Let’s go back in time to June, 2012. LinkedIn was compromised and 6.5 million password hashes were released to the internet. Everyone changed their password (right?) and it wasn’t *that* big a deal. Now, let’s jump forward in time, to sometime when biometric authentication becomes more common. In this new era, LinkedIn gets compromised, and 6.5 million hashed fingerprints are released to the internet…so everyone does what? Do users switch the fingers they use for authentication? Biometric authentication is a great idea that, unfortunately, suffers from some serious drawbacks, especially when deployed in the cloud.
Biometric authentication’s greatest weakness is immutability. Your fingerprints aren’t going to change, and failing some pretty major plastic surgery, your face won’t either. This basically means one big problem: You can’t change a compromised biometric. Do you have any publicly accessible pictures on Facebook? What about videos? Could those be used to hack facial recognition, even with liveness detection? The way your biometric features are set in stone mean there is a much greater responsibility to protect them, and unfortunately you aren’t the only one who bears that responsibility.
Cloud services that leverage biometrics aren’t super common yet, but assuming biometrics catch on, it’s only a matter of time before the marketing types make it happen. How is that data stored? Can you really trust your service provider to take better care of your fingerprint than your password? Millions of passwords get exposed by hacks like the LinkedIn hack every year. Most services require users to register at least two fingerprints to use fingerprint-based auth; that gives users at MAX 10 password resets for an entire lifetime. After that, the data used for authentication starts repeating: which fingers you use for authentication may change, but if an attacker has compromised a fingerprint, they can use that fingerprint to bruteforce any authentication schema that relies on the compromised finger’s data – a kind of known-plaintext attack. That isn’t the only issue with immutability, either. There is a reason best practices recommend using separate passwords for separate services.
If you use biometric authentication for multiple services, the security of your access to those services is linked (just like with a normal password). Basically, you’re trusting every service provider with the password to your other accounts. Maybe that’s okay with you; you’re fine if some social network knows your bank account password. Unfortunately for you, it isn’t that simple. If that social network ever gets compromised, within hours your bank account password will be on Pastebin, and I’ll eat my hat if some enterprising script kiddie doesn’t have a bot testing out username/fingerprint combinations to every bank service they can find. This only gets worse once you run out of fingers to authenticate with. If anyone ever associates all ten fingerprints with your identity, no account you ever create will be safe with biometric authentication again.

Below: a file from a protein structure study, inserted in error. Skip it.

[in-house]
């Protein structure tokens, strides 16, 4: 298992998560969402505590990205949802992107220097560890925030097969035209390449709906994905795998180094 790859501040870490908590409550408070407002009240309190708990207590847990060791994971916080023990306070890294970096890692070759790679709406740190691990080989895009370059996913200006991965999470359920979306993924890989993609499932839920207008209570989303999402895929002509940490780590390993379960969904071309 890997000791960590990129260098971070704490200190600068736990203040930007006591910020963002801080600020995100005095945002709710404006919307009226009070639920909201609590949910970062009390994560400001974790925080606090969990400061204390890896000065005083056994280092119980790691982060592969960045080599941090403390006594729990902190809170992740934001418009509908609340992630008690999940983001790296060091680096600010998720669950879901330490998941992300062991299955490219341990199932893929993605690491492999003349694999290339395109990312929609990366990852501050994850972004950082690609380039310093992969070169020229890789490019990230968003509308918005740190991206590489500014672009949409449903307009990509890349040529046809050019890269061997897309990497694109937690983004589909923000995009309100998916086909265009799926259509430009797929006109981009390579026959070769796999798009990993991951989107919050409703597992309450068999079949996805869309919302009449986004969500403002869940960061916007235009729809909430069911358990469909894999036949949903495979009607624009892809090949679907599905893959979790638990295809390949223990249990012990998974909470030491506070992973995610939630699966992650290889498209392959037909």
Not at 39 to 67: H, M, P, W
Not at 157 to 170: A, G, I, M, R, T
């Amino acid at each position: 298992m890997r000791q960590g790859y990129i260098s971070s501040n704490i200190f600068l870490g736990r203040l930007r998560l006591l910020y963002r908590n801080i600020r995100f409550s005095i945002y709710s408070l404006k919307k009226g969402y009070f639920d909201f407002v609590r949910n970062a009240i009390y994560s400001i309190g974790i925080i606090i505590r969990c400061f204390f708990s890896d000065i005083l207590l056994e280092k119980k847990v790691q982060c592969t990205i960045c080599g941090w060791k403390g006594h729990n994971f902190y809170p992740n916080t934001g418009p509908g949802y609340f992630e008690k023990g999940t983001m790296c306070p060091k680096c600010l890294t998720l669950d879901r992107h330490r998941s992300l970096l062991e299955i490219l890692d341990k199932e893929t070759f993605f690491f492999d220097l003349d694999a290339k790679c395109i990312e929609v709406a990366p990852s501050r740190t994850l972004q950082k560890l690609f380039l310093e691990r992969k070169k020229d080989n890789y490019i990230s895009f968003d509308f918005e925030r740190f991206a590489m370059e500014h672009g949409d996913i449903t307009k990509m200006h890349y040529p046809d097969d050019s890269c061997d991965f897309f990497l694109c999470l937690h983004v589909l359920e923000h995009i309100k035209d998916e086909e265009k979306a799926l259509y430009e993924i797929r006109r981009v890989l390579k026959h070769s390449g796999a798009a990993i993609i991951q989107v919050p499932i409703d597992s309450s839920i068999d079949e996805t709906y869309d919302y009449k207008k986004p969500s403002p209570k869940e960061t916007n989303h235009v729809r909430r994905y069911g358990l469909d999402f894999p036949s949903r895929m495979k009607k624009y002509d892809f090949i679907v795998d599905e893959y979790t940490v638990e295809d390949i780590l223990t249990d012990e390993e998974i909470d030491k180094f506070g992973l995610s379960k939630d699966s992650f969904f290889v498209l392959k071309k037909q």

Maybe I’m being a little histrionic. That would be totally fair. There are a bunch of practices that could (maybe not totally) mitigate these issues. And, after all, biometrics are supposed to be part of a dual-factor authentication scheme, right? So we’ll at least have a password in addition to our fingerprints. And any serious company who deploys biometric authentication will surely encrypt the data, and keep it somewhere safe, away from the key. Then again, take a look at biometric authentication right now. My coworker Karl wrote a blog about consumer grade fingerprint readers in Lenovo laptops. His conclusion was that the software was pretty lax about storing sensitive data. What happens when practices like that move into realms like banking and health care?
Truth be told, I don’t think this problem is unsolvable. It’s always possible to simply not use biometrics! For anyone who still wants to use biometric authentication, just take this warning and exercise real caution in the storage of your users’ data, and keep in mind that the technology needs some serious refinement before consumer-grade biometric scanners provide any real protection.
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